Users can add up to 150 people to their circles, and people in circles will see a special green badge under the tweet indicating that the post is only available to that group, not the user’s public timeline. A user can choose who is in his Twitter circles, and only people added by the user can view, reply to, and interact with tweets shared by the user in his circles.
Users don’t even get notified when someone adds or removes them from a circle. Additionally, Twitter doesn’t allow users to leave a circle, so users have to block the person who created the circle to stop being a part of it. While the social network doesn’t officially acknowledge this, “circles” are one of the ways the company has come up with to stop people from locking down their profiles, while keeping specific posts somewhat private. Like locked individual tweets, users cannot retweet tweets posted in circles. With this rollout, users can choose to tweet to their public timeline, their circles, or the communities they belong to.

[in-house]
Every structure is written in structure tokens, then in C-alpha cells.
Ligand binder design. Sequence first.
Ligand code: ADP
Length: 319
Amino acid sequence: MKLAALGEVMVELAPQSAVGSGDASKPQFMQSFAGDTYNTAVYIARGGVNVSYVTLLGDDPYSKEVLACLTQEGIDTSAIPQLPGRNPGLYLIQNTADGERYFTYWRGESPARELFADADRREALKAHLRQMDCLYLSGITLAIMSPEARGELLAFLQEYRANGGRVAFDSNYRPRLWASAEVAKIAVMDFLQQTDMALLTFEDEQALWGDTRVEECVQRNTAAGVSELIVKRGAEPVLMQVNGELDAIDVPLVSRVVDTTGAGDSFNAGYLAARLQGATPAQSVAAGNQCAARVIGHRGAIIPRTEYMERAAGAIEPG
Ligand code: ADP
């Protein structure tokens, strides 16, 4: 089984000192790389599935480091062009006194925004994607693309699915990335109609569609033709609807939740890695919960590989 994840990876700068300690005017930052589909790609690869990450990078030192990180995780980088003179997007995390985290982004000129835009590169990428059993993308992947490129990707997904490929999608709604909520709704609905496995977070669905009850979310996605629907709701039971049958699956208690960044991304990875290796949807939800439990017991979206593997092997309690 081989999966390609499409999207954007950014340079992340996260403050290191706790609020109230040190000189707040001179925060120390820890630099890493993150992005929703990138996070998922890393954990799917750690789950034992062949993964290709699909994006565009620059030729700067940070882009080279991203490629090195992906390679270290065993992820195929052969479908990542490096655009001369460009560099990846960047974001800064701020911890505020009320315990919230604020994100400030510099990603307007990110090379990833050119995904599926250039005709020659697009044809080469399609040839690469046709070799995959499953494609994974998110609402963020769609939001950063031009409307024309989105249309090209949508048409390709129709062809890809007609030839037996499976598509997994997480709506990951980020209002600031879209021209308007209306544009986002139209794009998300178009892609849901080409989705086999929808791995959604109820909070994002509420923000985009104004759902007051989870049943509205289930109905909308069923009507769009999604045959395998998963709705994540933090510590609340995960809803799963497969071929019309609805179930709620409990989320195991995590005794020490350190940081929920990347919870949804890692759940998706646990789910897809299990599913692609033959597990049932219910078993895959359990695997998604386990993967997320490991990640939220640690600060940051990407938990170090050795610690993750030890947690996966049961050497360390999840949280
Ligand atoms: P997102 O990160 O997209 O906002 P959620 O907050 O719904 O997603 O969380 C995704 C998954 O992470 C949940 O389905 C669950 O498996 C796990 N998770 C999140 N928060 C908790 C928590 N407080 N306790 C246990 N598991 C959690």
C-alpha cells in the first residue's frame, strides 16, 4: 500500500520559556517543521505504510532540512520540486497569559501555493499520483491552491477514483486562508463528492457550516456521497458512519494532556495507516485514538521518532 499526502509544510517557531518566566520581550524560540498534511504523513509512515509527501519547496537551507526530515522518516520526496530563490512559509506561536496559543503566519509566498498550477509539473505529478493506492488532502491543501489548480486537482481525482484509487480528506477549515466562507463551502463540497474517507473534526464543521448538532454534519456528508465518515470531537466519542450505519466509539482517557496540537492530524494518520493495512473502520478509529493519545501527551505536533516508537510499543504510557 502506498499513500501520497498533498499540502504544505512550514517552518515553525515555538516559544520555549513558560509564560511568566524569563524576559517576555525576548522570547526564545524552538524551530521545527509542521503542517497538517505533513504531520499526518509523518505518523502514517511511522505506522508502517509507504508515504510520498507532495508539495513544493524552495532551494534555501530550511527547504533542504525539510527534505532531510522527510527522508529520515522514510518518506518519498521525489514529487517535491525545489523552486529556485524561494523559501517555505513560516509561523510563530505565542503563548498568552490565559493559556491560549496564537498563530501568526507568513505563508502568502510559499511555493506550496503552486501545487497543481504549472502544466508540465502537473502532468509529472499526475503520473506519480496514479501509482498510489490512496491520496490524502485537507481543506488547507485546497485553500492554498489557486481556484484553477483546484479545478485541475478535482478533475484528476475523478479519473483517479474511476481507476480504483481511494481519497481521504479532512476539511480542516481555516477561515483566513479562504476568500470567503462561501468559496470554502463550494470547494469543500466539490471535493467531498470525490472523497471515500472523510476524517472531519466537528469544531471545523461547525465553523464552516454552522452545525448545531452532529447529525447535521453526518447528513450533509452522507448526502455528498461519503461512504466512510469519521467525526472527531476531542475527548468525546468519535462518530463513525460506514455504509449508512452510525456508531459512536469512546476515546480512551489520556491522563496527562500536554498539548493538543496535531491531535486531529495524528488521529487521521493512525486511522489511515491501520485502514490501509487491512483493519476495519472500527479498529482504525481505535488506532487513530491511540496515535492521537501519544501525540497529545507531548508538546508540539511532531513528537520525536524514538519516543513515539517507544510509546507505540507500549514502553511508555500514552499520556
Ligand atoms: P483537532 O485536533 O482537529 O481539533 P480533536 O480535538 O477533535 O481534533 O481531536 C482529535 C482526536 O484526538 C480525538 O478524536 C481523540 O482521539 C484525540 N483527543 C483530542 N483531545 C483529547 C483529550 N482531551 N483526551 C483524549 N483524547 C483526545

Last week, Twitter revamped its audio label to include more than 2 million podcasts with live spaces. The redesign will introduce personalized “stations” for different topics such as sports, news, movies and music, which will offer recorded podcasts and live audio sessions.